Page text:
It is an approptirate motto - because the gruelling selection course here "kills off" more recruits than those who survive to finish successfully. That any of the recruits survive the training period at all seems a minor miracle, but they do and subsequently become the Rhodesian answer to terrorist infiltration. Principally they are taught to kill and survive and, in training, are pushed to their physical limits. Rations are cut to one sixth of that given to a man on normal active service.

It is therefore appropriate to describe the grassy encampment as the selection and tracker-training headquarters of one of the most specialised and toughest fighting forces ever seen.

Among the many tests they undergo is one where they are dropped in the bush with a gun, 20 rounds of ammunition, a match and material to strike it, and an egg. Lions, buffalo and elephant abound and the object is to have the egg hard-boiled and ready for inspection the following morning.

The Scouts' operational record was sketched briefly by a Rhodesian Journalist:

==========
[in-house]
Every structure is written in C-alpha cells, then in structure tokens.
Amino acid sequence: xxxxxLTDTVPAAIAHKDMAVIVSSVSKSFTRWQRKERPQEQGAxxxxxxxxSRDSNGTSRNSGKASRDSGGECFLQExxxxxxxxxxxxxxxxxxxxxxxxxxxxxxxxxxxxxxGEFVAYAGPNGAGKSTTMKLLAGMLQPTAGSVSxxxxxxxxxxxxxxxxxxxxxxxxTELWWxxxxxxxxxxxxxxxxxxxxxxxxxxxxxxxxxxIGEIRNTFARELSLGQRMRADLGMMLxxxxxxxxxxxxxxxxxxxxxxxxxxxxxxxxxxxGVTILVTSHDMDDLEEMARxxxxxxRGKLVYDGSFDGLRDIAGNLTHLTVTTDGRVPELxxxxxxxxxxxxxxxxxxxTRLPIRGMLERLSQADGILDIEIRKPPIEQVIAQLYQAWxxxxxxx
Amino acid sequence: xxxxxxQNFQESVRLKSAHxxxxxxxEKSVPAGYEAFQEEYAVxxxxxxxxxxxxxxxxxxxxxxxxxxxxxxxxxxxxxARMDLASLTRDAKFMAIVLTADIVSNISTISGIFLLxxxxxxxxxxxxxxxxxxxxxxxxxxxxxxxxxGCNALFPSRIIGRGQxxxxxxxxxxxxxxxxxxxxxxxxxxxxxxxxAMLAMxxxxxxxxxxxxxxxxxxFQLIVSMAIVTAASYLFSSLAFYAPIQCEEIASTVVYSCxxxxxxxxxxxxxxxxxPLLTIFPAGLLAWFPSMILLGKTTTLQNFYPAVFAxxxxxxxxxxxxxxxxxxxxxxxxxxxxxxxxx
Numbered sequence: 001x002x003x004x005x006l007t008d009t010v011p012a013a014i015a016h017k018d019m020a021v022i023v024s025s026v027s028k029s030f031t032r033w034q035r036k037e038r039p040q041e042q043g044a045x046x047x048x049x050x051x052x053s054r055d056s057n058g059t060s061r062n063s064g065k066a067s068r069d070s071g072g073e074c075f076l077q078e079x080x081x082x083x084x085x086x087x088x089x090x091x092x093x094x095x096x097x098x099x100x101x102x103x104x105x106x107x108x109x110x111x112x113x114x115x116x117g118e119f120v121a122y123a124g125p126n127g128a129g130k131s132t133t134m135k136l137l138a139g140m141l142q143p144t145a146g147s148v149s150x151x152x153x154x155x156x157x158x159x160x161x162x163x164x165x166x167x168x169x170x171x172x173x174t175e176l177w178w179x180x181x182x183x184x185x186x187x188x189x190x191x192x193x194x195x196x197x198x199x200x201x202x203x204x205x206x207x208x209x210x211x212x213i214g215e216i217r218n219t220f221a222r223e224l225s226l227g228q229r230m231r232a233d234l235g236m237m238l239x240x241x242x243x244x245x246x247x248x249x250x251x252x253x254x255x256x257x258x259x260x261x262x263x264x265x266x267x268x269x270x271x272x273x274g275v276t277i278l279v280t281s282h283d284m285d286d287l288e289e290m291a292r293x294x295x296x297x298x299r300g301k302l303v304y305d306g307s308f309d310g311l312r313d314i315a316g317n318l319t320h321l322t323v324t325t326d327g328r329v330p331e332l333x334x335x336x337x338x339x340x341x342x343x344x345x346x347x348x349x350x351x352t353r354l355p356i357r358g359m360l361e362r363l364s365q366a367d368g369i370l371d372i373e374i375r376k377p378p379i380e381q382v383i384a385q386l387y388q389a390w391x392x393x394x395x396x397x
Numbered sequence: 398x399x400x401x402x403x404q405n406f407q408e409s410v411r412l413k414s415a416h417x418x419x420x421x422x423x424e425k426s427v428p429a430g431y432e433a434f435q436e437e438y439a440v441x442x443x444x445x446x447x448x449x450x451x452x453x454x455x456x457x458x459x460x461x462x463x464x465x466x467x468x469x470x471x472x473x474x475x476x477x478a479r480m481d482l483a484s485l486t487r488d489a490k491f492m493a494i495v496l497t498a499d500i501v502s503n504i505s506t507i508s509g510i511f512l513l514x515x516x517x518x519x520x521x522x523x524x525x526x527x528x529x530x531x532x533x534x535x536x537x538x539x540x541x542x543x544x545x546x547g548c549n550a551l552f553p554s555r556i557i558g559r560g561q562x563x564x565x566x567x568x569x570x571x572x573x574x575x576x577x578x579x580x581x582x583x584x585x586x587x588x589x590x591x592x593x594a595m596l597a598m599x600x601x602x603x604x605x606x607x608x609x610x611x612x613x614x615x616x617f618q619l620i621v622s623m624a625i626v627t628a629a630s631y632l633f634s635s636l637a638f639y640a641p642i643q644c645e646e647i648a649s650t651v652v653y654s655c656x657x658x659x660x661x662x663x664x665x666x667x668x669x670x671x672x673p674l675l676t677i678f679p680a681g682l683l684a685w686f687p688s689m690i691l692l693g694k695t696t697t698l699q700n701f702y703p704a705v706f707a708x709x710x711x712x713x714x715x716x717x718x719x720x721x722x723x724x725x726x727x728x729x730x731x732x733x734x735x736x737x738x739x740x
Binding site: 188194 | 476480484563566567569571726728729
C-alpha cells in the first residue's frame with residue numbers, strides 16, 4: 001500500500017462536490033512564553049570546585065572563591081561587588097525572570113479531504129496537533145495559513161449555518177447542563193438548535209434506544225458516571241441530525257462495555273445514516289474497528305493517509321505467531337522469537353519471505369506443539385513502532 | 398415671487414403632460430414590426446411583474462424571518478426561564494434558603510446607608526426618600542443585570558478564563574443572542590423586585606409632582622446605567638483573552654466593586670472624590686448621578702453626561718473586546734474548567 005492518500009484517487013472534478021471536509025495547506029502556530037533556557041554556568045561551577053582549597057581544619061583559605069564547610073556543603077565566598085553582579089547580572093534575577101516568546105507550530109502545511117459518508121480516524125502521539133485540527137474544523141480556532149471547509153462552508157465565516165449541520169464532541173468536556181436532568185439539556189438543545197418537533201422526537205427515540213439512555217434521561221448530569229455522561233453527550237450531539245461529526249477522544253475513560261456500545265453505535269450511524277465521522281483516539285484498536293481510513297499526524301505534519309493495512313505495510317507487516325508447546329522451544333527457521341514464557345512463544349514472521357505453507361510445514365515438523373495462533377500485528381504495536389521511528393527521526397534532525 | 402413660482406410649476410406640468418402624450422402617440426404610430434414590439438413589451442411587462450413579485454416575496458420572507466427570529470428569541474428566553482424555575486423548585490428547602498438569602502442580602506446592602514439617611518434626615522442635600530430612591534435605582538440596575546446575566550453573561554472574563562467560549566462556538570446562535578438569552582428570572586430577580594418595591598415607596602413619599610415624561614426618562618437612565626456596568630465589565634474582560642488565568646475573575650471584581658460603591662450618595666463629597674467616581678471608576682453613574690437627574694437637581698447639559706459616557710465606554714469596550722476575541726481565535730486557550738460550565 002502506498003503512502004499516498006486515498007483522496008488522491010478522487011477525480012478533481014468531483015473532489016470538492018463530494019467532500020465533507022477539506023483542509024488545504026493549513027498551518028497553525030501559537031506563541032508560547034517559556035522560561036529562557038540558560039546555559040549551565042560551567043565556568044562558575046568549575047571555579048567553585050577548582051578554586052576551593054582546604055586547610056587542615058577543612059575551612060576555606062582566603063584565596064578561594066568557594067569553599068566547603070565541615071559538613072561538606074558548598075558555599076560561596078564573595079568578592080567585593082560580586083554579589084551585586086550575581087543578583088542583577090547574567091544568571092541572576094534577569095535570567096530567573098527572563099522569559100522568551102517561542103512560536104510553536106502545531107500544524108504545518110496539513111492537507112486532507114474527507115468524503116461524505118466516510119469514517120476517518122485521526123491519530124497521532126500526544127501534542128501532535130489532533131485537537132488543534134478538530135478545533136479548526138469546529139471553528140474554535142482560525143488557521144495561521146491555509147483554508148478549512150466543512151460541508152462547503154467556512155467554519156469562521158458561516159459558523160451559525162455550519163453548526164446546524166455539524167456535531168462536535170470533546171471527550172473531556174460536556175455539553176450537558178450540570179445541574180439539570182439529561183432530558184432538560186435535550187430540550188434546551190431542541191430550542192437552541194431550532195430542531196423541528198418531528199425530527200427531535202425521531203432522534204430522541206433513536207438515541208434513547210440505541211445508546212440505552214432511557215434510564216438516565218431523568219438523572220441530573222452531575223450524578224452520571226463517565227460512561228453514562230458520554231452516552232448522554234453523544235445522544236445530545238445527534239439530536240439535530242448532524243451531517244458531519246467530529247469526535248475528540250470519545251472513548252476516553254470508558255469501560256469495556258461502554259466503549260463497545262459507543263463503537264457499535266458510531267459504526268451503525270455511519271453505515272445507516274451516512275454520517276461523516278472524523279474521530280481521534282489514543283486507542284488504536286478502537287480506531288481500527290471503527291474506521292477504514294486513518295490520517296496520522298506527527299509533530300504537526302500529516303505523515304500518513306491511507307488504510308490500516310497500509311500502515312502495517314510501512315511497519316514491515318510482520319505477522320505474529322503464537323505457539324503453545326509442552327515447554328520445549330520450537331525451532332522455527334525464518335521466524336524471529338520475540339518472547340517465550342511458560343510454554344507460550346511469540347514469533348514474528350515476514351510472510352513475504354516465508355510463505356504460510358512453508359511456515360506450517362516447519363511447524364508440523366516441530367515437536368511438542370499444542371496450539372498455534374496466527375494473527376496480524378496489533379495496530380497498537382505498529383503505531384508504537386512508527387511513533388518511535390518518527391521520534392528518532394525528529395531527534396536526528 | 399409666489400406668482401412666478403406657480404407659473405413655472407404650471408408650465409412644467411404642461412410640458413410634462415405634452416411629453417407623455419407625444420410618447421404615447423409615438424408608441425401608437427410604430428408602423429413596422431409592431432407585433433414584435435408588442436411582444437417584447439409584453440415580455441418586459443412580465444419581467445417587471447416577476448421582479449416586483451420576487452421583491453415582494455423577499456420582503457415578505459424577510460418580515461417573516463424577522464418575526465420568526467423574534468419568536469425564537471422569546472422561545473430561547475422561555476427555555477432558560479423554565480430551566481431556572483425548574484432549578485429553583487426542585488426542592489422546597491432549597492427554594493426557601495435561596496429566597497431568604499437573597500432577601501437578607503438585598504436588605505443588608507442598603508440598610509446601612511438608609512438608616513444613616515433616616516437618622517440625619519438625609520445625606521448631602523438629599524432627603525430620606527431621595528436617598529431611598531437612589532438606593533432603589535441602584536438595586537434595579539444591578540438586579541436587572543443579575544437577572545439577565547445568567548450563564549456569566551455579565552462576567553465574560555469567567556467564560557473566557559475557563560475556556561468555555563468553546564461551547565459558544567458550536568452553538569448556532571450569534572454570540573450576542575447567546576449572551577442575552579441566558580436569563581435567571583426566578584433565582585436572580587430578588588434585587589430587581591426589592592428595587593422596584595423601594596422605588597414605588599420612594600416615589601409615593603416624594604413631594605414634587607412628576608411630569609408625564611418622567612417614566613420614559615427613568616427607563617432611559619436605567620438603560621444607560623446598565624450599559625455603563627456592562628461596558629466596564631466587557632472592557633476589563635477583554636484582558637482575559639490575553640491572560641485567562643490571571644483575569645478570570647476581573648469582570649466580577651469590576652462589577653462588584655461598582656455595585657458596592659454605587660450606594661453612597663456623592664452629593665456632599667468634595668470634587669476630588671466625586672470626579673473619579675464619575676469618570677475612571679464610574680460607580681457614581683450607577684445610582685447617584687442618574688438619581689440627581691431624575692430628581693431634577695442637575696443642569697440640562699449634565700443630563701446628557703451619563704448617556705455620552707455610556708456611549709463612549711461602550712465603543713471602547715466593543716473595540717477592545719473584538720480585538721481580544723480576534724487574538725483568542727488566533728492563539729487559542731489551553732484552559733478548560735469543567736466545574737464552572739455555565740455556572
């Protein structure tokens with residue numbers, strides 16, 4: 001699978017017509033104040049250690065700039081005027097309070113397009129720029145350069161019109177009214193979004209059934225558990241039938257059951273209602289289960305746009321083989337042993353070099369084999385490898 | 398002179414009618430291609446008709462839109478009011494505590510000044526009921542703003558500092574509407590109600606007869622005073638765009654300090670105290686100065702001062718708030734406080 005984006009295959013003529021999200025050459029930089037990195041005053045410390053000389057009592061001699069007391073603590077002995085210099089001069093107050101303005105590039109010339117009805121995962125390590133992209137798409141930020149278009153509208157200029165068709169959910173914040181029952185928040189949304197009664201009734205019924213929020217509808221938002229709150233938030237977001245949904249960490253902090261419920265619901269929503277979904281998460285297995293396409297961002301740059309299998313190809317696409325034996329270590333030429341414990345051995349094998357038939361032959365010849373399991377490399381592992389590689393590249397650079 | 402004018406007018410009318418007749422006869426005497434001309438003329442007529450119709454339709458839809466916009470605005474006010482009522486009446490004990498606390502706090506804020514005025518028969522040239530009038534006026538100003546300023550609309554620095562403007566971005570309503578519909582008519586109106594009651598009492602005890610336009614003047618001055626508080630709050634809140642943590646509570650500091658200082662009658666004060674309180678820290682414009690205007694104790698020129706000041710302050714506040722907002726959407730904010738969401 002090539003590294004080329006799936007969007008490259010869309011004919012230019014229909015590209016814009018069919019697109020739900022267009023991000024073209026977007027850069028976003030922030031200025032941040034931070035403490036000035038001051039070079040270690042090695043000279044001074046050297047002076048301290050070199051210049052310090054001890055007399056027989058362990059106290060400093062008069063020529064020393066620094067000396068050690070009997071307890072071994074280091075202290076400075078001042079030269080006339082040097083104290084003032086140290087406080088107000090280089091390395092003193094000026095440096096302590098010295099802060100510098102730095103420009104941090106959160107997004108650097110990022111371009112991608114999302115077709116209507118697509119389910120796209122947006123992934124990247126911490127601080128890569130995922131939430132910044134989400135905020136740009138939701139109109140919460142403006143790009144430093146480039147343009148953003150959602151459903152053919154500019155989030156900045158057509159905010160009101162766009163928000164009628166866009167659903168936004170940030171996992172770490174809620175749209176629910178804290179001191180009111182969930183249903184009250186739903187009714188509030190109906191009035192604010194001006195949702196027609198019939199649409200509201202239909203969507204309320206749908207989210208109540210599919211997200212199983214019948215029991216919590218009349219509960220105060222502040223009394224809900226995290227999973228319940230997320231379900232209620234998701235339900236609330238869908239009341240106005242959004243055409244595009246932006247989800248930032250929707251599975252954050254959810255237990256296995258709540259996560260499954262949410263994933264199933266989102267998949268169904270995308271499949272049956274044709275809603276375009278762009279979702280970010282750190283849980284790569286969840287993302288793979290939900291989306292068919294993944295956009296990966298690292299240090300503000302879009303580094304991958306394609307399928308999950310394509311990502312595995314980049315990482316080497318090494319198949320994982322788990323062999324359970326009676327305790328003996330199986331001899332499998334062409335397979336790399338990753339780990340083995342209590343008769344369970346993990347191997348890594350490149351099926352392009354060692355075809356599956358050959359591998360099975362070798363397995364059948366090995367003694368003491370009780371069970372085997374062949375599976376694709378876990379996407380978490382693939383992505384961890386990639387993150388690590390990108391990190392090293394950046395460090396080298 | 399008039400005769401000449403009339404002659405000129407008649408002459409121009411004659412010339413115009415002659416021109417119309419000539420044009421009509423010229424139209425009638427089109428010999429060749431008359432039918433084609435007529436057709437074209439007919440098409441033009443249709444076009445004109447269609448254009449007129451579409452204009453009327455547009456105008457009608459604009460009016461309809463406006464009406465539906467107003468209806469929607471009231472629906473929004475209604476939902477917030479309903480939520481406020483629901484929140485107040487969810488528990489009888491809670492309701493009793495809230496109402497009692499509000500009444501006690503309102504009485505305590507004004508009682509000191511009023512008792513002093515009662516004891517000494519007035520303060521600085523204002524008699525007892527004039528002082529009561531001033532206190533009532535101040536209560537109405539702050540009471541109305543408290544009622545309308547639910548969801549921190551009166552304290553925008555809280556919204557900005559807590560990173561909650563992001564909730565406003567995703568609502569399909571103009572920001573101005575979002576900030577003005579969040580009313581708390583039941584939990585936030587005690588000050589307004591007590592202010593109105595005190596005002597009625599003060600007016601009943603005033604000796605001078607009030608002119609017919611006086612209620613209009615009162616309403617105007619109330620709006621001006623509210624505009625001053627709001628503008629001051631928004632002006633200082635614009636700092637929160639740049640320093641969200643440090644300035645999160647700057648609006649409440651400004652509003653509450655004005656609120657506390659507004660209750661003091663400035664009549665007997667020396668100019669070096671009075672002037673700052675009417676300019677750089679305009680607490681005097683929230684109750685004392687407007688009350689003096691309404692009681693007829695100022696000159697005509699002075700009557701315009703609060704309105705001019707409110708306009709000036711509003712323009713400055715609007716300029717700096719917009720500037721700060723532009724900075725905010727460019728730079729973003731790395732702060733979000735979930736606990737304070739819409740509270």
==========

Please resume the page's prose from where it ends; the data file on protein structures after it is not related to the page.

Shrouded in secrecy with a mystique that spawns a thousand stories, many true and most mere rumour, the Scouts have in only two years become the most-decorated outfit in the Rhodesian security forces collecting along the way amongst many other awards - six Silver Crosses (the highest award for gallantry yet presented); 11 Bronze Crosses; six orders for Members of the Legion of Merit for acts of bravery, sel- dom reported, but which have all played a major part in fighting the country's terror war.

The Selous Scouts is fully-integrated, with an undisclosed number of soldiers - but the ratio is eight Blacks to two White troops.

The initial selection procedures last for about 18 days and are probably the most rigorous in the world. Every man who goes to the camp is a volunteer - and many are highly experienced, battle-hardened soldiers who find that after a few days they simply cannot stand the strain. Small wonder that following the most recent selection course, only 14 out of 126 volunteers made the grade.